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Delacroix Hardcover


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Product Details

  • Hardcover: 336 pages
  • Publisher: Princeton University Press (September 28, 1998)
  • Language: English
  • ISBN-10: 0691004188
  • ISBN-13: 978-0691004181
  • Product Dimensions: 11.7 x 9.4 x 1.3 inches
  • Shipping Weight: 5.1 pounds
  • Average Customer Review: 5.0 out of 5 stars  See all reviews (1 customer review)
  • Amazon Best Sellers Rank: #522,046 in Books (See Top 100 in Books)

Editorial Reviews

Amazon.com Review

A Sorbonne professor and curator of a Delacroix exhibit at the Bibliothèque Nationale gives readers a new, lucid, and well-illustrated study of this painter--a familiar name who is still not widely understood or popular. Eugène Delacroix (1798-1863), so very much tied to the history of his time, created vast canvases using that history as allegory. Therefore, he must suffer in appreciation today, when so few museumgoers have the cultural baggage they possessed a century and a half ago. So, huge canvases like The Death of Sardanapalus and The Murder of the Bishop of Liege must mean less to contemporary viewers, just as another painting, Tasso in the Hospital of Saint Anna, was more meaningful to a viewing public who had actually read the work of Torquato Tasso, author of Gerusalemme Liberata. However, the good reproductions in this book and Barthelmy Jobert's cogent analyses go far to underline Delacroix's inspiration from previous artists like Michelangelo, and his strong grasp of architecture.

Princeton University Press has done a good production job on this title, although they are scandalously scant when it comes to crediting the translators, Terry Grabar and Alexandra Bonfante-Warren (who did a clear job of translating from the original French, but are mentioned only in minuscule print on the copyright page). Even the author must have considered this unchivalrous, for he thanked the translators in his own fine-print acknowledgements at the end of the book. Apart from this detail, Jobert's Delacroix in English is a bravura effort and a very welcome and attractive addition to any bookshelf of 19th-century European art. --Benjamin Ivry

Review

"The reader has the amazing feeling of following Delacroix--almost physically--in the slightest moves he makes and, above all, in the most minute transformations of his artistic choices.... The author displays an impeccable erudition. Moreover ... he offers us a new, frank portrait of Delacroix, the man behind the myth." -- Le Monde des livres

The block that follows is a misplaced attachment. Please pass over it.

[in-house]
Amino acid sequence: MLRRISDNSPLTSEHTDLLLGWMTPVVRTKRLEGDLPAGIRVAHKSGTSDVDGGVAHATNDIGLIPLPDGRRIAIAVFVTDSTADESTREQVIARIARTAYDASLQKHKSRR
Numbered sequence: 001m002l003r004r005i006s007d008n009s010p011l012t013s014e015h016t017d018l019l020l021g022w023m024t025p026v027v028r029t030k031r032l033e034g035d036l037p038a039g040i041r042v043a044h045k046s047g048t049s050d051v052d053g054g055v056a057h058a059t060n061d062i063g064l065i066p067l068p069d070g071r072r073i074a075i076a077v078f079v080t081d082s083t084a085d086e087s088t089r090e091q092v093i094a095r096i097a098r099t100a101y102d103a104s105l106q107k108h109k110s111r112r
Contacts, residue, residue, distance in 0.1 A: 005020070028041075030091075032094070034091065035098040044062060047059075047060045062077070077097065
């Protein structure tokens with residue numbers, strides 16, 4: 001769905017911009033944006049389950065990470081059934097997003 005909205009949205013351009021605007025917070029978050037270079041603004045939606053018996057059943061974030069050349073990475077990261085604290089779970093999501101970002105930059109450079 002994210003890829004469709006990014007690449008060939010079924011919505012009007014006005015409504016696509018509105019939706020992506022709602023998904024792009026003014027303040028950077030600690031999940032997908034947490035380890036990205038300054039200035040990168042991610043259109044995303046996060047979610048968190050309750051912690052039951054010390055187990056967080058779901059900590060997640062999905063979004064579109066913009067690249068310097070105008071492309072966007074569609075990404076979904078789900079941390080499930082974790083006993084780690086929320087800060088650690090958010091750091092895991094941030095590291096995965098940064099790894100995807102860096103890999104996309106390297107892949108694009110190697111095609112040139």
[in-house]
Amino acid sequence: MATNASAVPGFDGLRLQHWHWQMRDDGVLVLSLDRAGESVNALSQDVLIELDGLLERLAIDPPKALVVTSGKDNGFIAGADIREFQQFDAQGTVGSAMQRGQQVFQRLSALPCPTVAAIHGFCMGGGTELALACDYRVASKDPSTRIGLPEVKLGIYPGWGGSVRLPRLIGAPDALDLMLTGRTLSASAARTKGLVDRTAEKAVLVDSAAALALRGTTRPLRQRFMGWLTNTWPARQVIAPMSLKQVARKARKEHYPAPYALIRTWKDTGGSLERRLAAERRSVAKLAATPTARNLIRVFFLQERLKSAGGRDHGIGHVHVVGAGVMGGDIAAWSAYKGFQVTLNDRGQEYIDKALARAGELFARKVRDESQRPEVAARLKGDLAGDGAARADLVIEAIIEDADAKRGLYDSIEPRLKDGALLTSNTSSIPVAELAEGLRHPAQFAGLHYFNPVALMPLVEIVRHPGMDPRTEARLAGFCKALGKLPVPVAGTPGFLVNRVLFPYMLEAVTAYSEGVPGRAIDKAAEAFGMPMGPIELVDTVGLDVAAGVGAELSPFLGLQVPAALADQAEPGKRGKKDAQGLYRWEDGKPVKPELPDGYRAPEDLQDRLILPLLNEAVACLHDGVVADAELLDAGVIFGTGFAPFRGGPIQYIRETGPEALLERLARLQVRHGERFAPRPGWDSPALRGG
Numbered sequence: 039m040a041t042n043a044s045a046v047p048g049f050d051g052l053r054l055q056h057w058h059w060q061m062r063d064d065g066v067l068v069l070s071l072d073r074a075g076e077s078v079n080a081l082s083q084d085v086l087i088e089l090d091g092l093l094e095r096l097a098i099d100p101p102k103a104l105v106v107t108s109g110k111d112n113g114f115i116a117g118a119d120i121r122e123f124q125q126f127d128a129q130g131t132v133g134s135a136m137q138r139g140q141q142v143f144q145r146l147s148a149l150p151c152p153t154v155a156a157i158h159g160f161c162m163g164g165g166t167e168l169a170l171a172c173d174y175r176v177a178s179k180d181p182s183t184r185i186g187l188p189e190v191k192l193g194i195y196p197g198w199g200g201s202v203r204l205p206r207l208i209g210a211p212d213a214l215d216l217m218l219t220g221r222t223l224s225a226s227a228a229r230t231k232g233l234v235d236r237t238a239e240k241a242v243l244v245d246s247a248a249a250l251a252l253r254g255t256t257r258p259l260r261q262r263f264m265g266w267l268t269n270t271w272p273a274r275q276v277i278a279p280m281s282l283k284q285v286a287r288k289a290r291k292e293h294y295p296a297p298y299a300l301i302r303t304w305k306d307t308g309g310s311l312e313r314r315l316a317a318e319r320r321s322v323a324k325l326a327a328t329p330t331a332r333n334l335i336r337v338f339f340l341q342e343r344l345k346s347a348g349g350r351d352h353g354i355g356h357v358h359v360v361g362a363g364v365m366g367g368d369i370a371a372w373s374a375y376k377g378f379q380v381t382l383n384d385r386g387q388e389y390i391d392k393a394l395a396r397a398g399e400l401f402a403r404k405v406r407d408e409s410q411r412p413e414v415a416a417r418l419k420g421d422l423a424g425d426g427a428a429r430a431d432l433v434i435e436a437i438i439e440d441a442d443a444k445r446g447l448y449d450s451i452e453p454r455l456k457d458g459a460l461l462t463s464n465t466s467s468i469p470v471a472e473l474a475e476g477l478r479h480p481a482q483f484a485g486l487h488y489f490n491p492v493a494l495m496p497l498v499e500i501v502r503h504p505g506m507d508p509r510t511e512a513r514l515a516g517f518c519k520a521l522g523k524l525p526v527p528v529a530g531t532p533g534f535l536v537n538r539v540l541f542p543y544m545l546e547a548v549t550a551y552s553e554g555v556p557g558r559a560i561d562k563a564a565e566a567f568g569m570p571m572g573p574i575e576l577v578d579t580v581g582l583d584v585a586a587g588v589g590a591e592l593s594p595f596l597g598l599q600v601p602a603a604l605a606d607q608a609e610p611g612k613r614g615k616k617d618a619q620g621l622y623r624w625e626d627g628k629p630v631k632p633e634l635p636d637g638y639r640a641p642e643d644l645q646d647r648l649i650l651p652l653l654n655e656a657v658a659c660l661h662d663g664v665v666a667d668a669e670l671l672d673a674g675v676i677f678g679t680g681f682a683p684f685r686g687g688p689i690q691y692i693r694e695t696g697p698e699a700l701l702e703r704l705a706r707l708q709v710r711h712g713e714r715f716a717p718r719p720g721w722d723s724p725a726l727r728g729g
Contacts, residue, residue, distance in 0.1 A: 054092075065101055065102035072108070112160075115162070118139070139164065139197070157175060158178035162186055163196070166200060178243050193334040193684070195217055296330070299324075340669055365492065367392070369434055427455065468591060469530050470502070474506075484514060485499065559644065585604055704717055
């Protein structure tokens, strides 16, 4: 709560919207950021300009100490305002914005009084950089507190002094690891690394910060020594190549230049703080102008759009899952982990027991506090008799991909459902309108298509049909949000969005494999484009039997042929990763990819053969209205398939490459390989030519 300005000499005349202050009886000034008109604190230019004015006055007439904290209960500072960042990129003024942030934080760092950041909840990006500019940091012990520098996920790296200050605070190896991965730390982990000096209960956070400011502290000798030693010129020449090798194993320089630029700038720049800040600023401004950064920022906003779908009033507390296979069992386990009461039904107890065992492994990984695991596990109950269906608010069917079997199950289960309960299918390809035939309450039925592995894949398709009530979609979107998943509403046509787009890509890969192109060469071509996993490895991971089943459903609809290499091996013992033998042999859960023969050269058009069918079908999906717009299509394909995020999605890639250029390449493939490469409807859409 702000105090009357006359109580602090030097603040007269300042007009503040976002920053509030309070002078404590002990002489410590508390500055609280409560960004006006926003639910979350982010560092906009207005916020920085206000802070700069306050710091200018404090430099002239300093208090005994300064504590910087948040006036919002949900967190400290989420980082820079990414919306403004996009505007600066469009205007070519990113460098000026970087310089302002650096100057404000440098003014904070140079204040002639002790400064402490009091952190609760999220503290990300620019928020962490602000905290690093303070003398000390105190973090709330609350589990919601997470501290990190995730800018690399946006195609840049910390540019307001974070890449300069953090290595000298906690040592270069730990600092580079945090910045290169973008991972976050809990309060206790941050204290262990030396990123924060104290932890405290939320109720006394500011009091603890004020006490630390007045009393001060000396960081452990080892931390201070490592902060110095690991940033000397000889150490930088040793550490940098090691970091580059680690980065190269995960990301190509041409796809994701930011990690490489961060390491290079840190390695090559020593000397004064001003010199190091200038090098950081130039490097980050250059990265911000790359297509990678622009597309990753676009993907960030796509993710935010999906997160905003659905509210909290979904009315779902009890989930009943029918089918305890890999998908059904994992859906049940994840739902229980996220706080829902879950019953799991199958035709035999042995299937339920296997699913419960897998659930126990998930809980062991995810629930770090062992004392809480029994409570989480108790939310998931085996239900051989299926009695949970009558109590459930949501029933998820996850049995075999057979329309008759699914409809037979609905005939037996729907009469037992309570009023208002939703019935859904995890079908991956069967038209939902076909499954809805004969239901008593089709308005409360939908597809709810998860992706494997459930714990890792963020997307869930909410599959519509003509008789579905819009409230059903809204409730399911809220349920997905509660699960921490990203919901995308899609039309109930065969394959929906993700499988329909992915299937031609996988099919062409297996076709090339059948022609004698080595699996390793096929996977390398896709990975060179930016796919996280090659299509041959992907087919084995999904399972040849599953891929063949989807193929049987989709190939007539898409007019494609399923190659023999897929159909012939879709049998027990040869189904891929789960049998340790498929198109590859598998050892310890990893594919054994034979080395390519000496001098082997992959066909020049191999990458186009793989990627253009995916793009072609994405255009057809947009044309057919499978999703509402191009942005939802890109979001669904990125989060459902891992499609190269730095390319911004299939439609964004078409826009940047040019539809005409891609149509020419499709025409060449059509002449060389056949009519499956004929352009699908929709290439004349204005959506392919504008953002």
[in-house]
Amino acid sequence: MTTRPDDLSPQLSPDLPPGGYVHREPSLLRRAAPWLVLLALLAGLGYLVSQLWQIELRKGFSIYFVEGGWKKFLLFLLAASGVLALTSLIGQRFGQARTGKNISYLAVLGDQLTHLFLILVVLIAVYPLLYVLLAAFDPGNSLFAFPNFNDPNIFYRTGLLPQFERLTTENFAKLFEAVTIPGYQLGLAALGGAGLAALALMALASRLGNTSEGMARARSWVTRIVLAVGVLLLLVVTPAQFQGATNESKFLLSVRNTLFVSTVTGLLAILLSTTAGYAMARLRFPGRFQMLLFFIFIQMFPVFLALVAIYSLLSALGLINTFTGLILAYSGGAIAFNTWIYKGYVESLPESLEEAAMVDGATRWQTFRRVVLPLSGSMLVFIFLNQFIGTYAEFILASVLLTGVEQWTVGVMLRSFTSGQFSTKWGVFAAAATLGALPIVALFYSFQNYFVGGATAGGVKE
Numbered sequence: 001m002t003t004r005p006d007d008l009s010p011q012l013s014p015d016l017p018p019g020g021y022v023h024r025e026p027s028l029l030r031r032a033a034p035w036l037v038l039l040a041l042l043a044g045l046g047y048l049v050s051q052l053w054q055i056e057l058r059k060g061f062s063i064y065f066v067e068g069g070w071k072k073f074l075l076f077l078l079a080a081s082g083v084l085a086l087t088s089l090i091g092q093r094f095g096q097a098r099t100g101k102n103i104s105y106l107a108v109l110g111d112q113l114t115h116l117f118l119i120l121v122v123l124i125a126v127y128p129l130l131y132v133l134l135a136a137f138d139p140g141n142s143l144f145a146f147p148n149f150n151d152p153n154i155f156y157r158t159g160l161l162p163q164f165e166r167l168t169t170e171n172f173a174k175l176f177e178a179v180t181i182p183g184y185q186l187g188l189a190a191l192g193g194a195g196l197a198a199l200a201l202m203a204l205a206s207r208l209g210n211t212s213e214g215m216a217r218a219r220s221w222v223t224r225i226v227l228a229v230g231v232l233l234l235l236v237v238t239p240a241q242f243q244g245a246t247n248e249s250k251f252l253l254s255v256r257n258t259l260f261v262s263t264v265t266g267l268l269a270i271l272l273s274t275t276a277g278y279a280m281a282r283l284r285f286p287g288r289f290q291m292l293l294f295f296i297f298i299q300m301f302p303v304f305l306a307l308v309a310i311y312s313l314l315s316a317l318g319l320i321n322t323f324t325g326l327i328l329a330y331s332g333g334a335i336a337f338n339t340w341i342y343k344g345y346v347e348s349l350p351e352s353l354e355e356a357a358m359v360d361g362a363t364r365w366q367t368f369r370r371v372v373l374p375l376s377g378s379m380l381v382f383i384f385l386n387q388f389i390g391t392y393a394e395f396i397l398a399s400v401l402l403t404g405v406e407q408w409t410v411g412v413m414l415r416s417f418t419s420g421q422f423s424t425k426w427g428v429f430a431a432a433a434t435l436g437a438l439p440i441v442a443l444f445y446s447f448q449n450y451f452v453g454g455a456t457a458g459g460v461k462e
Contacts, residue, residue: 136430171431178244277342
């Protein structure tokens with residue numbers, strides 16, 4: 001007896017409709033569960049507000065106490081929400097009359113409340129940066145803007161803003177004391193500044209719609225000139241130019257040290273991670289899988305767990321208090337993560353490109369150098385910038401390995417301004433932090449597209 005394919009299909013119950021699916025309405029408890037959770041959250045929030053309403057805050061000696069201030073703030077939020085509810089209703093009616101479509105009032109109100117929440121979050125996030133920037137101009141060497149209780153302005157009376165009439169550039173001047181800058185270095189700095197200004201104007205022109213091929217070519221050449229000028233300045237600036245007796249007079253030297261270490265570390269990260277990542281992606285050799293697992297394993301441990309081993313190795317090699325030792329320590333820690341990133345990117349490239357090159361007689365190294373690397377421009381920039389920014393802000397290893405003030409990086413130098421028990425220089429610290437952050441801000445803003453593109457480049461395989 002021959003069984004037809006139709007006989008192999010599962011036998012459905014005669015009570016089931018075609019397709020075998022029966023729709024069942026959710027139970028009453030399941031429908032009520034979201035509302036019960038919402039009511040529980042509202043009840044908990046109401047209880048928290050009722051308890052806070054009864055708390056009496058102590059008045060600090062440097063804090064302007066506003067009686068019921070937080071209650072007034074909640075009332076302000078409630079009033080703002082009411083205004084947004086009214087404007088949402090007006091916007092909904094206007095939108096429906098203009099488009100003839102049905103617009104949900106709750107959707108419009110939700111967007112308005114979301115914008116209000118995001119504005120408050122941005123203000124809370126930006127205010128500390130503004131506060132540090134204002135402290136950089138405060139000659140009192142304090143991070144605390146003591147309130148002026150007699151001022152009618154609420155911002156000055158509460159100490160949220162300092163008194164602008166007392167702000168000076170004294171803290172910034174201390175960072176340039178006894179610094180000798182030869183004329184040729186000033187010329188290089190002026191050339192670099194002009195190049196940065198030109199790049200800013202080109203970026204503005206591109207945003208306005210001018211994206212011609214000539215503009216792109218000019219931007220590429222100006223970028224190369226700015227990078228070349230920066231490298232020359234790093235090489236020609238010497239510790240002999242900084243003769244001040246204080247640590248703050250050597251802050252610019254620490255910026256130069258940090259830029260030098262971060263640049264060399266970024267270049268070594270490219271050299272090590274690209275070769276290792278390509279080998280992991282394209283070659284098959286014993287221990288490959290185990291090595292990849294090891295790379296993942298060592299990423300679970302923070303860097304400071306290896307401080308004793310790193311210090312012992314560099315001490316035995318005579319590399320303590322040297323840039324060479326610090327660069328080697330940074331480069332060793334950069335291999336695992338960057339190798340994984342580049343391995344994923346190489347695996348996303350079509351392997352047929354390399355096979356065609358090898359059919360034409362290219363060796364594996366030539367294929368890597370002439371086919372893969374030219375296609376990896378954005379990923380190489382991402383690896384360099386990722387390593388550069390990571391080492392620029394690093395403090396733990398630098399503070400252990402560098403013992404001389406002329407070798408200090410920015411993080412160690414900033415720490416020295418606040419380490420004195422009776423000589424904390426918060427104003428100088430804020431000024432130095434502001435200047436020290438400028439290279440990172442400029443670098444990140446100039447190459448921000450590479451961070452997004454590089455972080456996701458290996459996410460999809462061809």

[Jobert's] is the view of a civilized and highly informed Parisian who has had comprehensive access to Delacroix: his illustrations include many minor but telling examples of work on paper from the Louvre, and he has managed to give the reader an idea of Delacroix's major decorative achievements in Parisian public buildings that are not normally open to visitors. -- The New York Times Book Review, John Russell

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Most Helpful Customer Reviews

17 of 31 people found the following review helpful By A Customer on December 4, 2001
Format: Hardcover
We are lucky that so much of DELACROIX's art is still around, lightly spread throughout the world: the only lost works are "Cardinal Richelieu saying mass" during the sack of the Palais Royal in 1848, the decoration of the Salon de la Paix at the Paris Hotel de Ville during the Commune, and "Justinian drafting his laws" during the fire at the Conseil d'Etat in the Palais d'Orsay in 1871. Taken in by anything new that the paint suppliers were selling, DELACROIX made bad choices in canvas and paints: the Romantic "Battle of Nancy," the Classical "Boissy d'Anglas at the National Convention," and the exotic "Moroccan chieftain receiving tribute" suffered from using bitumen, just as "Barque of Dante" has from going over fresh spots. Yet he thought of painting as storytelling with the richly vigorous colors of Peter Paul Rubens and of Paolo Veronese's "St Barnabas healing the sick." He was the only great Western artist to leave masses of manuscripts, as journals, letters and published articles, so we can walk our way through his sketches and writings to the finished products of the master colorist of people, landscapes, buildings, and animals: "Louis-Auguste Schwiter" standing, as his only full-length portrait, inspired by Thomas Gainsborough and Joshua Reynolds; "Charles de Verninac," in two Thomas Lawrence-style expressive bust portraits, with a carefully worked face, large brushstrokes, sketchy background clothes, and subtly agreeing colors; and his last, "Alfred Bruyas," with a Hamlet-like head melancholic, meditative and languid in a harmony of greens, browns and blacks.Read more ›
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